The Alaska Legislature is expected today to move one step closer to buying one-quarter of a trans-Alaska natural gas pipeline.
Late Tuesday, the Senate finance committee discussed an updated version of SB138, the pipeline bill. The latest version of the measure includes language setting the state’s participation in the project at 25 percent.
SB138 was introduced by Republican Gov. Sean Parnell’s administration and was developed from a pair of agreements with private companies slated to work with the state to develop the project.
As planned, the pipeline project would include a gas conditioning plant on the North Slope, a pipeline running south between Fairbanks and Anchorage, and a shoreline natural gas liquefaction plant at Nikiski. The projected cost of the project is somewhere between $45 billion and $60 billion.
“(Legislators have) done an excellent job turning the issues, challenging the administration and a lot of credit, I think, goes to their consultants to working very hard to put together a picture for the committee,” said Mike Pawlowski, deputy commissioner for the Department of Revenue.
No action was taken Tuesday, but the committee is expected to adopt an updated version of the bill today similar to that discussed at the meeting Tuesday. The bill is scheduled to be heard in House committees this week.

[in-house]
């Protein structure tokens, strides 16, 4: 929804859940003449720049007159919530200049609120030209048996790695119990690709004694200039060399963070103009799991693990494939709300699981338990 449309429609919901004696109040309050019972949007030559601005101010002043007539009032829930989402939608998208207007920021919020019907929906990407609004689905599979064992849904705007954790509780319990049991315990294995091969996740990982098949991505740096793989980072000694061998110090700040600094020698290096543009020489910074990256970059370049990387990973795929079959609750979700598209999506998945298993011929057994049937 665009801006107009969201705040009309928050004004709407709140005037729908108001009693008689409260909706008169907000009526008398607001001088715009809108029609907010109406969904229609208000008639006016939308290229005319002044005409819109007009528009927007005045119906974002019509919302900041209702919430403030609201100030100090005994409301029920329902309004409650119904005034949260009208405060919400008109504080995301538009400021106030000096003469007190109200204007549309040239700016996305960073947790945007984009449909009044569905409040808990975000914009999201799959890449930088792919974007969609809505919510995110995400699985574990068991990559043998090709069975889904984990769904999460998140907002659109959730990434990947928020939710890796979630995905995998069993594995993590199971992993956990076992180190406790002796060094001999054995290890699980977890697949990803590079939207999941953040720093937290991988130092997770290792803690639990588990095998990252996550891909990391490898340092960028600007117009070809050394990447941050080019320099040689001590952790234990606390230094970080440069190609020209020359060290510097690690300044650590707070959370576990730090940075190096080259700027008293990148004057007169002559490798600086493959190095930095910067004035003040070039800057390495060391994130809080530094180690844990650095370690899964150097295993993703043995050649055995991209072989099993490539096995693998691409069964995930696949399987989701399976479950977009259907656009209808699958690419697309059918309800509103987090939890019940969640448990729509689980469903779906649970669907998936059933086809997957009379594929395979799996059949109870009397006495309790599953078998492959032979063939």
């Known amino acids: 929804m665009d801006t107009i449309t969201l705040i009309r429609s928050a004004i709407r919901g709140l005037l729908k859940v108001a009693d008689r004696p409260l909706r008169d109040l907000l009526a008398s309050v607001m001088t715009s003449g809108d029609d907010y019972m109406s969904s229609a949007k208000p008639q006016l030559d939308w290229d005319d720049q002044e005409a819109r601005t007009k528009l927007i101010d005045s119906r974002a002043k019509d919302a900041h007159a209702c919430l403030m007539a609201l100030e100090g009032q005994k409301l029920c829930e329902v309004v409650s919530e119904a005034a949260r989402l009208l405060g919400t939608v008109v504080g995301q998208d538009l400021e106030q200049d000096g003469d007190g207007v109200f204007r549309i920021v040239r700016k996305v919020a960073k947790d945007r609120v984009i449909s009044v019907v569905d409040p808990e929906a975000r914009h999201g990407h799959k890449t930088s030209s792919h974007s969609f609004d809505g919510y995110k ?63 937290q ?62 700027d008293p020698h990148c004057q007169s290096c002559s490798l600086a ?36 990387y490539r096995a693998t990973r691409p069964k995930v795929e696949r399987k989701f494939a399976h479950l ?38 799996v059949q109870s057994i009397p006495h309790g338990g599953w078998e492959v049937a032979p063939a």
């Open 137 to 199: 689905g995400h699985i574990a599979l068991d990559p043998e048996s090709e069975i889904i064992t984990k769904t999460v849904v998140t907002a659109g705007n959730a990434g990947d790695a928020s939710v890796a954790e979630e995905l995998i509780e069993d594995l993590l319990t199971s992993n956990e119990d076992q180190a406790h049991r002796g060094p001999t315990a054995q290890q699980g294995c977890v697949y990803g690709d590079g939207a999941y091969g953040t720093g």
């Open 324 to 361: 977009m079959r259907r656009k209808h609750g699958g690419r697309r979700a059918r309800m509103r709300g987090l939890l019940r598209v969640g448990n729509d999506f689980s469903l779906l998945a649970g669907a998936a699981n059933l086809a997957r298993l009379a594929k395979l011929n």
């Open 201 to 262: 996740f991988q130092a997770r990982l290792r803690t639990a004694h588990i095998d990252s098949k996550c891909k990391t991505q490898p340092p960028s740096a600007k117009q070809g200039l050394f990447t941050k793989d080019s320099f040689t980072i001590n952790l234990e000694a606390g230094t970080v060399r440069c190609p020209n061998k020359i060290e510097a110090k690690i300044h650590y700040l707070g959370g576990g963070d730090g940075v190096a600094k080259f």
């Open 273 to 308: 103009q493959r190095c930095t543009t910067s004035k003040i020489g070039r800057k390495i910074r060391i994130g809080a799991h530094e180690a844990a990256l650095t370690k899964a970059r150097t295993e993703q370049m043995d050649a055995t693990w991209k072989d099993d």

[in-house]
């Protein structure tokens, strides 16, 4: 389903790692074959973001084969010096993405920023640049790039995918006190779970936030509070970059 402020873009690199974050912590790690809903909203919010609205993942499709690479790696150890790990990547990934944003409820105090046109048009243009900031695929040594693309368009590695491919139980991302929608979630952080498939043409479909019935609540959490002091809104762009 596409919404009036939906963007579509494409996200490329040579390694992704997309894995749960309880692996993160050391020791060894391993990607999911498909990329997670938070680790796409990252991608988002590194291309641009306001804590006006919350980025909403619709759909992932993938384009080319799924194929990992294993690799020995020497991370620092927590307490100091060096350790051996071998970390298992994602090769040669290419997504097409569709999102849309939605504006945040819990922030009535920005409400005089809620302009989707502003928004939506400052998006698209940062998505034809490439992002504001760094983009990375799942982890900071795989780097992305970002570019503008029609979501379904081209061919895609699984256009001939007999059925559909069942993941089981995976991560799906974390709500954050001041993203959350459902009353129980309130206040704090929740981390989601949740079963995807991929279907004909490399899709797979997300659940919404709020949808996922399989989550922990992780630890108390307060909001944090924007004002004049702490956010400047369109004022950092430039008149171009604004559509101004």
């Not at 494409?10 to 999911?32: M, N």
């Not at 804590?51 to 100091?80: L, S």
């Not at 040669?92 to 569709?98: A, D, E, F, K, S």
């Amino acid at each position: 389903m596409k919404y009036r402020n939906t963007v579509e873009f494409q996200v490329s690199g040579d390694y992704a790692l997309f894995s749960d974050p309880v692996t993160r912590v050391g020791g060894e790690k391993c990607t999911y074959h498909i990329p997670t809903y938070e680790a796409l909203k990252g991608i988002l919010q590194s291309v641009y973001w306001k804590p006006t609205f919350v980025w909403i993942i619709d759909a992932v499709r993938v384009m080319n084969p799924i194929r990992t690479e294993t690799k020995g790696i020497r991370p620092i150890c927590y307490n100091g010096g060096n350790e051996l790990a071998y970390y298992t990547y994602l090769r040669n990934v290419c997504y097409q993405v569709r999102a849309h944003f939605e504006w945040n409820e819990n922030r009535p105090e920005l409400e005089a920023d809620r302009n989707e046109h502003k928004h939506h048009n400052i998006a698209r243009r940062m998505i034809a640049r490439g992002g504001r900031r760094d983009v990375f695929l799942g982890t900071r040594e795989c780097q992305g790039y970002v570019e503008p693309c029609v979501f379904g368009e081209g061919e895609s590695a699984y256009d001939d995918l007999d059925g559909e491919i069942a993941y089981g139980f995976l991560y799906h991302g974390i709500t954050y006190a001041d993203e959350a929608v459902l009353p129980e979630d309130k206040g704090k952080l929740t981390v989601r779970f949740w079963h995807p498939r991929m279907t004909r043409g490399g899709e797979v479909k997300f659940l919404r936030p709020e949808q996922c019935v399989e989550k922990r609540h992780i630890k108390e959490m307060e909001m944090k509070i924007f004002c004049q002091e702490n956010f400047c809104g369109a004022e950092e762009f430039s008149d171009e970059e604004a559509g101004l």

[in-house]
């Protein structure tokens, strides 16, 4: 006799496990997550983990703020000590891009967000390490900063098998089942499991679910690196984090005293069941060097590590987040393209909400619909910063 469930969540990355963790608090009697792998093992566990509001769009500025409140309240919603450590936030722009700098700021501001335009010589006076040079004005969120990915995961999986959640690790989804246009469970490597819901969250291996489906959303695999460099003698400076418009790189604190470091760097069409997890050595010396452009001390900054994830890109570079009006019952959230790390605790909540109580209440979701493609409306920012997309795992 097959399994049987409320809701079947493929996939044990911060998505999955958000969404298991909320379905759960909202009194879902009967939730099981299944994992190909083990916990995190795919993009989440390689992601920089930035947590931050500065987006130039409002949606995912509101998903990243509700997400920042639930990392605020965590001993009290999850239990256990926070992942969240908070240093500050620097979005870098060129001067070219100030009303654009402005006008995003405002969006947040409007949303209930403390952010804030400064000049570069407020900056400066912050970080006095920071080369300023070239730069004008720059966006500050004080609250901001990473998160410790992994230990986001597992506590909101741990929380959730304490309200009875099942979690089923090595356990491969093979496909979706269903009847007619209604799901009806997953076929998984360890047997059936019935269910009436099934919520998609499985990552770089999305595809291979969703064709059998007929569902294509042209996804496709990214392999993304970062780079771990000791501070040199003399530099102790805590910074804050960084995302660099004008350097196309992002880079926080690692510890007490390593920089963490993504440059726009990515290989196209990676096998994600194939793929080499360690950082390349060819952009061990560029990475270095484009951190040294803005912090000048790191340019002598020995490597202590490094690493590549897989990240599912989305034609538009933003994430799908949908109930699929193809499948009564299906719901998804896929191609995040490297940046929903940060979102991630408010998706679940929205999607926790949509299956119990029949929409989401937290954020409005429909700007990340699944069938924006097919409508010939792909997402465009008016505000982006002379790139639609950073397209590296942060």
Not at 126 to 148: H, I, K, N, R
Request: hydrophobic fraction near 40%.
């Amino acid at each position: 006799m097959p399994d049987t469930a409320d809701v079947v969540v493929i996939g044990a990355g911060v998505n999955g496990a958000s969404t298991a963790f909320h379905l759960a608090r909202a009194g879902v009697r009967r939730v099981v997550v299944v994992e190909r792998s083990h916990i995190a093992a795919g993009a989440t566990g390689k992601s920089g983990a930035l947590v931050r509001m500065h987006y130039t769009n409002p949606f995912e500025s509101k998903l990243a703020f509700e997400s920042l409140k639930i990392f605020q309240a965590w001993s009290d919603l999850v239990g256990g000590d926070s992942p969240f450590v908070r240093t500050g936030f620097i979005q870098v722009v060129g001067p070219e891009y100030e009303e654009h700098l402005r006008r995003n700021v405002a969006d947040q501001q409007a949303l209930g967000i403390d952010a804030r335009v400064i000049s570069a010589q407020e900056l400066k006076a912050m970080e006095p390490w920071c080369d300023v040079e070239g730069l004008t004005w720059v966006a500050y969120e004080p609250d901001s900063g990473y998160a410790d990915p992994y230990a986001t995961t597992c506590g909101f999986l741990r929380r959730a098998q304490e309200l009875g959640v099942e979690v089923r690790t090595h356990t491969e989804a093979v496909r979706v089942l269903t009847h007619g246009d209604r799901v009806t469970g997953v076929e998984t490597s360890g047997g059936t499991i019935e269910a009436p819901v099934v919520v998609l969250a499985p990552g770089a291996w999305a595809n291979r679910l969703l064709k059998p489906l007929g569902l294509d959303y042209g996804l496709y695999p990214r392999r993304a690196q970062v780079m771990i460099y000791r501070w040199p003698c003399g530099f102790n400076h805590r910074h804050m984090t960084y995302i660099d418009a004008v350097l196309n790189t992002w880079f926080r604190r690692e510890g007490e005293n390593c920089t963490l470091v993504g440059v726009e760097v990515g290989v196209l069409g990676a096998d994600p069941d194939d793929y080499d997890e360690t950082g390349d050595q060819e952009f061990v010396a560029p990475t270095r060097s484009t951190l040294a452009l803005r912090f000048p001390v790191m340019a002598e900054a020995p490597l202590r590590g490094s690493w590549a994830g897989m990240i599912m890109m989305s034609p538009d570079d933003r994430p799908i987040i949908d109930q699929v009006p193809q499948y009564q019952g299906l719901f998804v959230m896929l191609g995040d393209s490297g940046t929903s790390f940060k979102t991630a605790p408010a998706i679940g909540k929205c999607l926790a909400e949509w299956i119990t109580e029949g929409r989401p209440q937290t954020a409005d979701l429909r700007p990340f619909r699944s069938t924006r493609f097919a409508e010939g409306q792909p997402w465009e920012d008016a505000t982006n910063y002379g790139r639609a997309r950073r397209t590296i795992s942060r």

If approved, the legislation will advance the project into engineering and design phases.
Aside from the gas tax rate, the revised bill includes other significant changes from the original SB138.
The new language removes the notion of creating a subsidiary of the Alaska Gasline Development Corporation to handle pipeline issues. Instead the amended bill will create a director position within the corporation to oversee the project.
The AGDC is a state-created entity tasked with pursuing an in-state natural gas pipeline project as a backup plan in case the large pipeline falls through. The corporation is working on that smaller pipeline, but its top goal is to secure the larger pipeline.
“What you have now is two projects under the same umbrella,” Pawlowski said.
Municipalities throughout the state have urged lawmakers to allow them the opportunity to negotiate their own deals for pipeline property taxes and other fees. The updated bill asks the governor to consult with municipal stakeholders during the contract-development process, Sen. Anna Fairclough, R-Eagle River, said.
“We left the gate open for the greatest flexibility going forward,” Fairclough said. “We don’t want (municipal governments) to have a veto power where one holds out for 10 cents more and we don’t have a project. We’re all in this together.”
Sen. Lesil McGuire, R-Anchorage, introduced legislation earlier this session that proposed allowing Alaskans to invest portions of their Permanent Fund Dividends into the project, and an expansion of that concept is in this version of SB138.
The provision calls for the Department of Revenue to develop a plan where individuals, municipalities and Native corporations can invest in the project, Pawlowski said.
“We’ll have a plan for Alaskans to get directly involved for the Legislature to consider when the rest of this comes back,” he told the Empire.
Contracts associated the project will likely be presented to legislators late next year, he added.
The bill also tasks the Alaska Energy Authority with developing a plan to better provide energy to portions of the state that are not in the direct reach of the proposed gas pipeline.
Legislators are expected to examine the costs of these changes today.